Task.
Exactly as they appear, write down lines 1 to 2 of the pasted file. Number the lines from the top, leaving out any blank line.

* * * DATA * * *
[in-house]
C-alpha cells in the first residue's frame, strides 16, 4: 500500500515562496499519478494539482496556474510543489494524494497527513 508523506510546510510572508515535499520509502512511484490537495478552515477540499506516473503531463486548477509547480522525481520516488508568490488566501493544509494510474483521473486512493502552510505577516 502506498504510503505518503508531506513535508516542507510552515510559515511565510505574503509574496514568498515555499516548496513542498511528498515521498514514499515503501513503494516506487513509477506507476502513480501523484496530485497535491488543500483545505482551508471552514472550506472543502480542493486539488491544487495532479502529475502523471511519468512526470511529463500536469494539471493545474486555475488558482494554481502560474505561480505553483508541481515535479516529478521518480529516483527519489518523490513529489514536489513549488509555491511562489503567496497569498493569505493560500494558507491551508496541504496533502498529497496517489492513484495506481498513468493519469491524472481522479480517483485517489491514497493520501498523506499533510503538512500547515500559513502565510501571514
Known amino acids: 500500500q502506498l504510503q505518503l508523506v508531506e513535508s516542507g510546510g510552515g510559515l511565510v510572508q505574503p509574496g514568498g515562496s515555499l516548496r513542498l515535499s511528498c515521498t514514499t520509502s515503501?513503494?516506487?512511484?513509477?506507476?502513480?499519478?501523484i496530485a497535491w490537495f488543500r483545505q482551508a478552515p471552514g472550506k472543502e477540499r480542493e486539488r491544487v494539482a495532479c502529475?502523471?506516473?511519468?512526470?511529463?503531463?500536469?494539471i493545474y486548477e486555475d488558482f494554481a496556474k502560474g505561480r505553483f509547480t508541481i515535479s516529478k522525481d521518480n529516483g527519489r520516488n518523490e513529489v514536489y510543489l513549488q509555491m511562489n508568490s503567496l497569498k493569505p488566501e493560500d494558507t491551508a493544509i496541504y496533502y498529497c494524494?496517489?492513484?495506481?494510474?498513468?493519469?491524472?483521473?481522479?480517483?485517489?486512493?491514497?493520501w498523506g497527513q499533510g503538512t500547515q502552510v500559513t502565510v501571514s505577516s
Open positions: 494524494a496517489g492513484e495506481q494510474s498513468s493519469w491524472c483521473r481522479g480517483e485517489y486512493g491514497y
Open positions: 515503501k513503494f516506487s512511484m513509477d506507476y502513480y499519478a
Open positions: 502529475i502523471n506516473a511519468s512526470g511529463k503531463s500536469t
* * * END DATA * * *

[in-house]
C-alpha cells in the first residue's frame, strides 16, 4: 500500500515562496499519478494539482496556474510543489494524494497527513 508523506510546510510572508515535499520509502512511484490537495478552515477540499506516473503531463486548477509547480522525481520516488508568490488566501493544509494510474483521473486512493502552510505577516 502506498504510503505518503508531506513535508516542507510552515510559515511565510505574503509574496514568498515555499516548496513542498511528498515521498514514499515503501513503494516506487513509477506507476502513480501523484496530485497535491488543500483545505482551508471552514472550506472543502480542493486539488491544487495532479502529475502523471511519468512526470511529463500536469494539471493545474486555475488558482494554481502560474505561480505553483508541481515535479516529478521518480529516483527519489518523490513529489514536489513549488509555491511562489503567496497569498493569505493560500494558507491551508496541504496533502498529497496517489492513484495506481498513468493519469491524472481522479480517483485517489491514497493520501498523506499533510503538512500547515500559513502565510501571514